Rebuilding The Democracy Of The Taxpayer
The voter - bureaucrat is locked into a situation of a conflict of interests: as a conscientious citizen, he or she should support optimal expenditure levels for providing certain public goods, but as a person whose wellbeing and career depend on the volume of expenditures for providing public goods, he or she is interested in supporting volumes and prices which obviously exceed the levels acceptable for most citizens of the state. The bureaucrat is also interested in obtaining excess control and regulatory empowerment and authorization. It follows that a conscientious and enlightened functionary should submit a statement about a conflict of interests, and abstain from voting until retirement or demotion. A large and growing group of voters is made up of “professional” recipients of aid. It follows that persons, whose interests include the redistribution of resources of the taxpayers in their own favor, also have no moral right to make decisions by voting during elections. This applies in part also to those entrepreneurs who derive most of their income from the budget. Another grounding factor is the historical statistics of state budget balancing (the dynamics of state debt) and inflation (see Appendix 4: The History of Inflation and Budgetary Deficit after the Introduction of Universal Suffrage). In the age before universal suffrage, problems of financing were almost always an outcome of military cataclysms or other external shocks of a similar magnitude. In the age of universal suffrage, budgetary deficit, growing state debt, and inflation have become the norm.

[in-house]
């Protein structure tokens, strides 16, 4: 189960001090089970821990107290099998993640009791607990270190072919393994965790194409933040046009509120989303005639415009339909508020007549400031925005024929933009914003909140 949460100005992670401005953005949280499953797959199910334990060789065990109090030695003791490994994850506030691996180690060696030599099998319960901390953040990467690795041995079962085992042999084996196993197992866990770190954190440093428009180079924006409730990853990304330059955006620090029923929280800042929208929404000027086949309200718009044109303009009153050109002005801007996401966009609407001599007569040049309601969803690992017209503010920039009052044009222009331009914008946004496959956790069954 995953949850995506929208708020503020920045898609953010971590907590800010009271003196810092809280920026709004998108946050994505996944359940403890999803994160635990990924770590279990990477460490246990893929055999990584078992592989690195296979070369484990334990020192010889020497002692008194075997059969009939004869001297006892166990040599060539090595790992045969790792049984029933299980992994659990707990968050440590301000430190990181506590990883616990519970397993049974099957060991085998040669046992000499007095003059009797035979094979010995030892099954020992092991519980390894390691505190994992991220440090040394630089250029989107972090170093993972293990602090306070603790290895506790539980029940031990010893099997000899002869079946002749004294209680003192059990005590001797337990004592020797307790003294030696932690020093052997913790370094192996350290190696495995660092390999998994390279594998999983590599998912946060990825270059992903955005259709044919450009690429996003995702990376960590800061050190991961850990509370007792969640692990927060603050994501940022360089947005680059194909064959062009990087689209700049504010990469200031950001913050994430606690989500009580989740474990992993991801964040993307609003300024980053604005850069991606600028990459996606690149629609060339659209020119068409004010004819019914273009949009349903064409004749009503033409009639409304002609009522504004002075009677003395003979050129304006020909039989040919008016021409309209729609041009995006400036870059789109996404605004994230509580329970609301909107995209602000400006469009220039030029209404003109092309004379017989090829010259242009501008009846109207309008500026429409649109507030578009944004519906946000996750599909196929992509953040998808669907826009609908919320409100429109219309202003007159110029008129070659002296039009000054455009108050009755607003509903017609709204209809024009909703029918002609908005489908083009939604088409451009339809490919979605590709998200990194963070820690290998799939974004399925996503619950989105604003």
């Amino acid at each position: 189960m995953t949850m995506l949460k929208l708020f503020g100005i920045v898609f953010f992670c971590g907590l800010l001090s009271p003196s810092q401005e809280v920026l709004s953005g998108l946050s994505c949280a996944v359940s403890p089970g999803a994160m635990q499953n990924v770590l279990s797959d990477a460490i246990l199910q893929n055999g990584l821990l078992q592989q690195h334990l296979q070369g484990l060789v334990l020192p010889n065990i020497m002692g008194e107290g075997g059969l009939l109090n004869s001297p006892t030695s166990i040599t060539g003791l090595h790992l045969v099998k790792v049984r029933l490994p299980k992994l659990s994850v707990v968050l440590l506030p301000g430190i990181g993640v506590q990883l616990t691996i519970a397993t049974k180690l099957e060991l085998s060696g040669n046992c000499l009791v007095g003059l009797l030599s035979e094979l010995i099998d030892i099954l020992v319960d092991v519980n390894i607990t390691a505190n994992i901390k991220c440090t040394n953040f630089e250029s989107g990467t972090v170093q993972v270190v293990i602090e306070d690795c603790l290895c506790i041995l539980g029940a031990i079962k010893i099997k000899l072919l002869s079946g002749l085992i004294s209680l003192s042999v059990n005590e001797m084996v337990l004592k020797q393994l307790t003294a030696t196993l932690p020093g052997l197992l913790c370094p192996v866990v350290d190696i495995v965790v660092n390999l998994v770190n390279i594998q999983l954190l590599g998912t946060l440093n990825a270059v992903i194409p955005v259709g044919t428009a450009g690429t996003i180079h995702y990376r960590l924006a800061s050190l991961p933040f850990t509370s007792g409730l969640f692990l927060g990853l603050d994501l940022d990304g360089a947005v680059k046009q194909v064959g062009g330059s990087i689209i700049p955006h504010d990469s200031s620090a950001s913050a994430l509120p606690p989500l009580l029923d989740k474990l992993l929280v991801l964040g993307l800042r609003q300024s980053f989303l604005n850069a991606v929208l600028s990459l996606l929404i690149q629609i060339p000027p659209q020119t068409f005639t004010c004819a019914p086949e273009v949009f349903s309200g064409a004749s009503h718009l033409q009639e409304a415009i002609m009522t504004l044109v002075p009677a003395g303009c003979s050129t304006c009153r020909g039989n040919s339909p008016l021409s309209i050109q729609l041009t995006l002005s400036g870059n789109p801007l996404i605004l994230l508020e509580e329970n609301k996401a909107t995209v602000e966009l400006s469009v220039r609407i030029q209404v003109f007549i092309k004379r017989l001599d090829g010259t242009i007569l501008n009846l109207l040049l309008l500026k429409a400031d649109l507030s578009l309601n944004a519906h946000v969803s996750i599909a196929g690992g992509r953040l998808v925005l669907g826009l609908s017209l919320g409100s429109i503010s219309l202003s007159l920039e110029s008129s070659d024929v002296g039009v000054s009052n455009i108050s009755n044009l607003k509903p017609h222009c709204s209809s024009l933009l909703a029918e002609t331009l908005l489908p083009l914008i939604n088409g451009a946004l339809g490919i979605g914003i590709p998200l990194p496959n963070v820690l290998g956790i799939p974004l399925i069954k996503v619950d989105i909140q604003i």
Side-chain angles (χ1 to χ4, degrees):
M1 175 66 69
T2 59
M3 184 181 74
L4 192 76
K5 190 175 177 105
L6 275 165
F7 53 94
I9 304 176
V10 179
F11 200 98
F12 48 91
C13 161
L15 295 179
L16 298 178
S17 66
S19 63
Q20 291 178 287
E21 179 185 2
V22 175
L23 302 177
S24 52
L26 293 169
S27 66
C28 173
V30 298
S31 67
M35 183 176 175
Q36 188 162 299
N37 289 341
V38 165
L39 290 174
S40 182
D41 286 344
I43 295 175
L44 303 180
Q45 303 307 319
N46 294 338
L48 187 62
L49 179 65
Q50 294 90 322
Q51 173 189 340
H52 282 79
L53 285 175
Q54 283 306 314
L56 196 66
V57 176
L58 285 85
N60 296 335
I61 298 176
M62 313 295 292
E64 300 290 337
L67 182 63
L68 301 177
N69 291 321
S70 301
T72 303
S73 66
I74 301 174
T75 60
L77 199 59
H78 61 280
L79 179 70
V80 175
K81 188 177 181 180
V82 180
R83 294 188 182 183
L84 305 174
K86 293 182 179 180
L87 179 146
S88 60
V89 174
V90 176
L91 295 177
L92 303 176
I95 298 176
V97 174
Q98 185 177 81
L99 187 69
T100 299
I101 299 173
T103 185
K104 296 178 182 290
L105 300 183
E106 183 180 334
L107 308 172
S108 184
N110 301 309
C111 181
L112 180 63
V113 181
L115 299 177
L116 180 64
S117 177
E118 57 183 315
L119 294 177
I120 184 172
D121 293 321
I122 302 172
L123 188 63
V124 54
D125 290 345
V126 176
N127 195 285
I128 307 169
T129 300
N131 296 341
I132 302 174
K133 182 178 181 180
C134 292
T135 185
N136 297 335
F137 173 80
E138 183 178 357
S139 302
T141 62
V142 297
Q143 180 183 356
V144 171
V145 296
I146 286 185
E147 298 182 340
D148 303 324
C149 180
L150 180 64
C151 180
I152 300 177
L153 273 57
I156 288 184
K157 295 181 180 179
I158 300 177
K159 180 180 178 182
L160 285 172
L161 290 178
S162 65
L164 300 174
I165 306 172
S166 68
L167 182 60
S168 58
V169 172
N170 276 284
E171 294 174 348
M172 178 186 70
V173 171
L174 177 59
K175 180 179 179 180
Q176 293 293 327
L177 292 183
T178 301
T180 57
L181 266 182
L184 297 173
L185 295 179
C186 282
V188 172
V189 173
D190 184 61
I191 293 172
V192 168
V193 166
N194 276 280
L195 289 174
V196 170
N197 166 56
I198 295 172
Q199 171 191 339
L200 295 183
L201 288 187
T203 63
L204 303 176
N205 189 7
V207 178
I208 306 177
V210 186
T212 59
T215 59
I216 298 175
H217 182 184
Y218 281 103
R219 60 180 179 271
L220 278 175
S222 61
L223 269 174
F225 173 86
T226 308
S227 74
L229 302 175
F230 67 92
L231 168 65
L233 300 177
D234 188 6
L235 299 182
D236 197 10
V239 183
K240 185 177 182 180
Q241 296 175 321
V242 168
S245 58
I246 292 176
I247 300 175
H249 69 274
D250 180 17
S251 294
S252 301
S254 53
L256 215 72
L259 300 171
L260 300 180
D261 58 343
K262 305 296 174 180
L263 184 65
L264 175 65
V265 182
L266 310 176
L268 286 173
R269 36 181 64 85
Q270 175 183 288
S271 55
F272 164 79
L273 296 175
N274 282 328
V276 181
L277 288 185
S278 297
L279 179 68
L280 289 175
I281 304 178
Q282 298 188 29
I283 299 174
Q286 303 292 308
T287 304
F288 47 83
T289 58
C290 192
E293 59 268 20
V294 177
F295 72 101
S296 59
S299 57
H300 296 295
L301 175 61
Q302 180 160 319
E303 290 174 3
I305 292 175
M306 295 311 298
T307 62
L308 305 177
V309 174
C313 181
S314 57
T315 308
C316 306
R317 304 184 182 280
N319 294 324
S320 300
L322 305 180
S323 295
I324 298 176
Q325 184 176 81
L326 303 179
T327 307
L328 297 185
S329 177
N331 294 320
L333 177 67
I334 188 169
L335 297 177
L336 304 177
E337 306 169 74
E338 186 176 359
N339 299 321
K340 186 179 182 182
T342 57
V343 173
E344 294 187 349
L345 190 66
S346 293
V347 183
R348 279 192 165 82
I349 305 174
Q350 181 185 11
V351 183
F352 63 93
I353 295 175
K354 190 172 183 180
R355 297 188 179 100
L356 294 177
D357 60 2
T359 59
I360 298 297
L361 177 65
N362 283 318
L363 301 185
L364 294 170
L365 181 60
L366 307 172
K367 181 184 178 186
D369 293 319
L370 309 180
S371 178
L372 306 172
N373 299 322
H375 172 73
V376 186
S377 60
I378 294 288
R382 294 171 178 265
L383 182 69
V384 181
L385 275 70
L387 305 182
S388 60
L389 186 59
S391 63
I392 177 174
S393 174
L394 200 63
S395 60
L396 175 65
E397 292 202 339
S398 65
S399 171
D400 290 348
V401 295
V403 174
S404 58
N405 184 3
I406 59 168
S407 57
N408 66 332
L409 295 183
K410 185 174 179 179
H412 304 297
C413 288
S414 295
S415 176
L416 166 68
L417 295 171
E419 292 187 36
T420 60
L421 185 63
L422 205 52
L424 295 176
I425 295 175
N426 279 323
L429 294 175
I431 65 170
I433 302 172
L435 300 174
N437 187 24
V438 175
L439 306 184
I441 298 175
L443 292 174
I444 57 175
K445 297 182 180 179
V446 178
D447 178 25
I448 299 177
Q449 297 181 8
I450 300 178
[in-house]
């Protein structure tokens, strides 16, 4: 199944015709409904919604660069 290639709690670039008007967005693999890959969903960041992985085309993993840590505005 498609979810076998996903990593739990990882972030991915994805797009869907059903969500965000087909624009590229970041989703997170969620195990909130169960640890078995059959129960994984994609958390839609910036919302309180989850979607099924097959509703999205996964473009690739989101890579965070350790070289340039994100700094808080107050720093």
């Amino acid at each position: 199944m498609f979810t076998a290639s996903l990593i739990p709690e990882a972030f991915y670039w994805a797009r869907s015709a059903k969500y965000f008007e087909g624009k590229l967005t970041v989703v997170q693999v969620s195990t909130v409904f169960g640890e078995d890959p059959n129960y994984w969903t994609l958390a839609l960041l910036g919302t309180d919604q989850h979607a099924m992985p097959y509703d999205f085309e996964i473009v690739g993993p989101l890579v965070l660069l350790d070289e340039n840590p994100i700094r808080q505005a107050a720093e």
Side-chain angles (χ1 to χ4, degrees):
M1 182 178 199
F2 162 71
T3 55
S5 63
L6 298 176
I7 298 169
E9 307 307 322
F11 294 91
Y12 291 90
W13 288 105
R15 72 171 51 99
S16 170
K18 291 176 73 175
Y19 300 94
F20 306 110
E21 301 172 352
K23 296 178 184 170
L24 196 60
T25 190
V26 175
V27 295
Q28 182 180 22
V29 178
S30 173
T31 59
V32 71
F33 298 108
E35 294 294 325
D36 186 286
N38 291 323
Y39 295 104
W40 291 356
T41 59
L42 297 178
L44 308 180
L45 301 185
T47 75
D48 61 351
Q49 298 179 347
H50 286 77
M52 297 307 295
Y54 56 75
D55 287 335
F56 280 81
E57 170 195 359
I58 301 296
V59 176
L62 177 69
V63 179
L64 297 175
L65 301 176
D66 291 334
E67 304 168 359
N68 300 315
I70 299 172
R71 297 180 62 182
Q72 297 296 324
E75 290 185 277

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|Date of revision:||2013|
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